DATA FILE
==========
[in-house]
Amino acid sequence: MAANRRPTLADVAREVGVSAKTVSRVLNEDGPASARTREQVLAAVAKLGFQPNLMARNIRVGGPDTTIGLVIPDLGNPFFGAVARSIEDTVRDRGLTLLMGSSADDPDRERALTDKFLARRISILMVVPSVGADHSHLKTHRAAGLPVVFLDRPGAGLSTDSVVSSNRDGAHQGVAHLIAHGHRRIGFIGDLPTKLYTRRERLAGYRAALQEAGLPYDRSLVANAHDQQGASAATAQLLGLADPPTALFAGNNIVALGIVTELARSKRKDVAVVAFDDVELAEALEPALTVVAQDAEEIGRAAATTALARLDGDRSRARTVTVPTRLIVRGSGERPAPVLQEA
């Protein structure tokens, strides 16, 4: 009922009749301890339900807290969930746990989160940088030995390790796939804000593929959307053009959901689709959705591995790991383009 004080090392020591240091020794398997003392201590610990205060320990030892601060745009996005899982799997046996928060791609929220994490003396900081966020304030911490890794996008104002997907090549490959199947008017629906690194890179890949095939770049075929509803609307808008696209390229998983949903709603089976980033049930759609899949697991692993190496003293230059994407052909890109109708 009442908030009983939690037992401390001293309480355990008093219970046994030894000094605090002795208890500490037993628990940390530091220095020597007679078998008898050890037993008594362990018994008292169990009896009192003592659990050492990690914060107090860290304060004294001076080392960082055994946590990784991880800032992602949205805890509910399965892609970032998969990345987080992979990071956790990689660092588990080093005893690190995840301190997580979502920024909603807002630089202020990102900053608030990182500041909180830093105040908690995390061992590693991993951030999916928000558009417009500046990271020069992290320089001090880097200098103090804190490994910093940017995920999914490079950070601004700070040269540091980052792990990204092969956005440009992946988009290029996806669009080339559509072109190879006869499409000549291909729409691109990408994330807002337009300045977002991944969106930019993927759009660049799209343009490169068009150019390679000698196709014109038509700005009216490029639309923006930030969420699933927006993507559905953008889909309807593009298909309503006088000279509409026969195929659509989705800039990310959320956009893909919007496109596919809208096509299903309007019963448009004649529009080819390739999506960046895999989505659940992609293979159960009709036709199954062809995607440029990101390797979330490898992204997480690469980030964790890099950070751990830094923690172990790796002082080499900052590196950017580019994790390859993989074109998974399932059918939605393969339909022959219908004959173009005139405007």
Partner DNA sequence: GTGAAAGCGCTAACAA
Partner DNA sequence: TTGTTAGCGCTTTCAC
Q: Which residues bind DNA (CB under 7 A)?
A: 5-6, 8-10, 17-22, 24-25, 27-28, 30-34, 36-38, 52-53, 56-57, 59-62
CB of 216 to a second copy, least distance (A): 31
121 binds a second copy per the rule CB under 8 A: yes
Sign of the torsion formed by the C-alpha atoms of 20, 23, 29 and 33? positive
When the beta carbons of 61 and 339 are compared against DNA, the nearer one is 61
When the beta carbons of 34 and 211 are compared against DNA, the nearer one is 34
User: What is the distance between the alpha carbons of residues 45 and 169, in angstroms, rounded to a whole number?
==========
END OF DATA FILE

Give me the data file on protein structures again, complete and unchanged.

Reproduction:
[in-house]
Amino acid sequence: MAANRRPTLADVAREVGVSAKTVSRVLNEDGPASARTREQVLAAVAKLGFQPNLMARNIRVGGPDTTIGLVIPDLGNPFFGAVARSIEDTVRDRGLTLLMGSSADDPDRERALTDKFLARRISILMVVPSVGADHSHLKTHRAAGLPVVFLDRPGAGLSTDSVVSSNRDGAHQGVAHLIAHGHRRIGFIGDLPTKLYTRRERLAGYRAALQEAGLPYDRSLVANAHDQQGASAATAQLLGLADPPTALFAGNNIVALGIVTELARSKRKDVAVVAFDDVELAEALEPALTVVAQDAEEIGRAAATTALARLDGDRSRARTVTVPTRLIVRGSGERPAPVLQEA
């Protein structure tokens, strides 16, 4: 009922009749301890339900807290969930746990989160940088030995390790796939804000593929959307053009959901689709959705591995790991383009 004080090392020591240091020794398997003392201590610990205060320990030892601060745009996005899982799997046996928060791609929220994490003396900081966020304030911490890794996008104002997907090549490959199947008017629906690194890179890949095939770049075929509803609307808008696209390229998983949903709603089976980033049930759609899949697991692993190496003293230059994407052909890109109708 009442908030009983939690037992401390001293309480355990008093219970046994030894000094605090002795208890500490037993628990940390530091220095020597007679078998008898050890037993008594362990018994008292169990009896009192003592659990050492990690914060107090860290304060004294001076080392960082055994946590990784991880800032992602949205805890509910399965892609970032998969990345987080992979990071956790990689660092588990080093005893690190995840301190997580979502920024909603807002630089202020990102900053608030990182500041909180830093105040908690995390061992590693991993951030999916928000558009417009500046990271020069992290320089001090880097200098103090804190490994910093940017995920999914490079950070601004700070040269540091980052792990990204092969956005440009992946988009290029996806669009080339559509072109190879006869499409000549291909729409691109990408994330807002337009300045977002991944969106930019993927759009660049799209343009490169068009150019390679000698196709014109038509700005009216490029639309923006930030969420699933927006993507559905953008889909309807593009298909309503006088000279509409026969195929659509989705800039990310959320956009893909919007496109596919809208096509299903309007019963448009004649529009080819390739999506960046895999989505659940992609293979159960009709036709199954062809995607440029990101390797979330490898992204997480690469980030964790890099950070751990830094923690172990790796002082080499900052590196950017580019994790390859993989074109998974399932059918939605393969339909022959219908004959173009005139405007």
Partner DNA sequence: GTGAAAGCGCTAACAA
Partner DNA sequence: TTGTTAGCGCTTTCAC
Q: Which residues bind DNA (CB under 7 A)?
A: 5-6, 8-10, 17-22, 24-25, 27-28, 30-34, 36-38, 52-53, 56-57, 59-62
CB of 216 to a second copy, least distance (A): 31
121 binds a second copy per the rule CB under 8 A: yes
Sign of the torsion formed by the C-alpha atoms of 20, 23, 29 and 33? positive
When the beta carbons of 61 and 339 are compared against DNA, the nearer one is 61
When the beta carbons of 34 and 211 are compared against DNA, the nearer one is 34
User: What is the distance between the alpha carbons of residues 45 and 169, in angstroms, rounded to a whole number?